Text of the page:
Homeless women veterans getting a house in Garfield Heights

Media Reports News

Homeless women veterans getting a house in Garfield Heights

June 9, 2016 [Brian Albrecht, The Plain Dealer]

CLEVELAND, Ohio – Kristi Copez can appreciate what it means to be a homeless veteran, after spending some time in Cleveland area shelters and “couch-surfacing” with friends and relatives after her discharge from the Navy in 1982.

She also can appreciate the kind of opportunity offered in a new transitional home for homeless women vets that was recently completed and will open in September in Garfield Heights.

The four-bedroom refurbished house is a combined project of Women of Hope, Inc., a local nonprofit support group for homeless women vets (of which Copez is a board member), and the Cuyahoga Land Bank.

The house will provide a home for six women, for a maximum of two years, where they will receive counseling, mentoring, job search and education support services, and life-skills training.

“It’s a way to get healing on such a practical level,” Copez said.

Women of Hope is a nonprofit group created five years ago by Sheila Locatelli to provide safe, supportive housing for homeless women vets, and help them achieve economic self-sufficiency.

The group has been offering a program, “Strengthening the Inner Me,” for women served by the domiciliary at the Louis Stokes Cleveland Veterans Affairs (VA) Medical Center’s Wade Park Campus, which offers educational and employment/vocational programs, medical services, housing assistance and behavioral therapy to about 50 homeless women vets that it serves each year.

Some 15 of the 122 domiciliary’s beds are used by homeless women veterans — a demographic representing an estimated 10 percent of homeless veterans nationally. The Cleveland VA treated 8,713 female veterans in 2015.

Locatelli said residents for the house will be drawn from the domiciliary and other area shelters housing women veterans.

She noted that the house is “a step closer to being independent, being on your own. There’s more of a community going on here than at the domiciliary.”

The project started when a foreclosed and abandoned house was sold to the group by the Cuyahoga Land Bank for $1. Renovations by a group of more than 33 volunteers started just over a year ago.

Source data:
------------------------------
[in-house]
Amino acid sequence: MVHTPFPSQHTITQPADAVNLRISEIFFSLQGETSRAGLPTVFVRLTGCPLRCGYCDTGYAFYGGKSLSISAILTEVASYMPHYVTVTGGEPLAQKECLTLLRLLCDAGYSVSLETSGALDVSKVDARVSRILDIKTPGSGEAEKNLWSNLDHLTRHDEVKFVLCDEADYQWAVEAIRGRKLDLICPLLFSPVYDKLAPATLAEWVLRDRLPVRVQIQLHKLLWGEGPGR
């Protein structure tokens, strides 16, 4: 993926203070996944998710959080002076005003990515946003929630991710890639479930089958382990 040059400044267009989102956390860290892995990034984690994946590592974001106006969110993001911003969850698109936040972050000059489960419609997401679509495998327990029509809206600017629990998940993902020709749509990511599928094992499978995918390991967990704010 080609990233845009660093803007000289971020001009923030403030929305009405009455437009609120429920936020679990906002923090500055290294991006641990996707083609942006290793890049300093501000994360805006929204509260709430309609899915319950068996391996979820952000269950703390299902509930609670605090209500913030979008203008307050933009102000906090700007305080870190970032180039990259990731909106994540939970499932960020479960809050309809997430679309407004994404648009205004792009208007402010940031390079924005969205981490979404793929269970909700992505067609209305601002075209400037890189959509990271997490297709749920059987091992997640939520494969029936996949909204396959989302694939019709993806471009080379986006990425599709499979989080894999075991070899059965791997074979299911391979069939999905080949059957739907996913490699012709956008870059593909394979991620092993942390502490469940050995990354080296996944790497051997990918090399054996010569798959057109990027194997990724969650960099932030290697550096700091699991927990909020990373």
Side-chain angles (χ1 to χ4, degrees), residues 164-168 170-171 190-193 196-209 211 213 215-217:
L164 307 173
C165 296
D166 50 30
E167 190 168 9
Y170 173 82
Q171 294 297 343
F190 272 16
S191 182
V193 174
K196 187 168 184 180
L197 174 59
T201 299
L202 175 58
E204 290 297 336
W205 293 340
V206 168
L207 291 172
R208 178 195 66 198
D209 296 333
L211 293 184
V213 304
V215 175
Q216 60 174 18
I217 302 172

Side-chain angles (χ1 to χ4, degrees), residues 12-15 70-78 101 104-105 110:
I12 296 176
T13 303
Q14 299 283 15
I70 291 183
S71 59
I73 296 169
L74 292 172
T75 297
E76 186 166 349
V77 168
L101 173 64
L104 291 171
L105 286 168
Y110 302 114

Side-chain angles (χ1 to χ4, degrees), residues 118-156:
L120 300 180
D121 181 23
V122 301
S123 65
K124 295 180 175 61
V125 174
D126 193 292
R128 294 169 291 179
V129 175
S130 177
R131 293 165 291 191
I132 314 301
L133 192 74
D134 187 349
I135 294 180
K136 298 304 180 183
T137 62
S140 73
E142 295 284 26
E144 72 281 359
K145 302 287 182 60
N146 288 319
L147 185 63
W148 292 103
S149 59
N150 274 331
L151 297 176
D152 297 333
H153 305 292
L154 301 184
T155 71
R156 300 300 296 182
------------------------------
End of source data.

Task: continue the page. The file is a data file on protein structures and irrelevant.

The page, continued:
Improvements included a new driveway, hot water tank, furnace, flooring, electrical and plumbing upgrades and painting.

Volunteers came from Laborers Local 310 and 373 and Local 26 Electrical Workers.

During a ribbon-cutting ceremony at the house on Wednesday, Doreen Cannon, president of Plumbers Local 55, said service trainees came in to make repairs. After touring the finished house, Cannon remarked, “It looks really nice. It’s an amazing opportunity for these women.”

Much of the materials for the estimated $17,000 worth of renovations also were donated by local companies including Messina Flooring, Home Depot, Famous Supply and Cleveland Plumbing Supply.

Gus Frangos, president of the Cuyahoga Land Bank, was impressed with the results.

He told a small group of volunteers and Women of Hope officials, “The heart and soul of the Land Bank is teaming up with organizations like this, and not just fixing a house, but fixing a house so lives can be fixed.”

All of the work thus far has been funded by private donations. Locatelli said she would seek some rent assistance for the women residents through VA grants, but noted that the bulk of funding for operation of the house will continue to come from donations, and community/corporate support.

“This project has been a journey for me, but it has been such a blessing because of the people in the community,” said Locatelli, who named the home “Ariya’s House” by combining the names of her two granddaughters.

The effort still has some remaining needs, including six twin mattresses, a washer and dryer, and bedroom chests of drawers.

Patricia James-Stewart, chief of the VA domiciliary, visited the house’s ribbon-cutting ceremony, and described the facility as a place for homeless women veterans to transition into the community.

The home’s value lies in “just being a part of a community. Many homeless women veterans have been estranged from all that,” she said. “Here they have a secure environment to do ‘normal’ activities and move on to better, successful living.”

She also noted that with the house, “The hope is that homeless female veterans can now appreciate that there are folks out there who care.”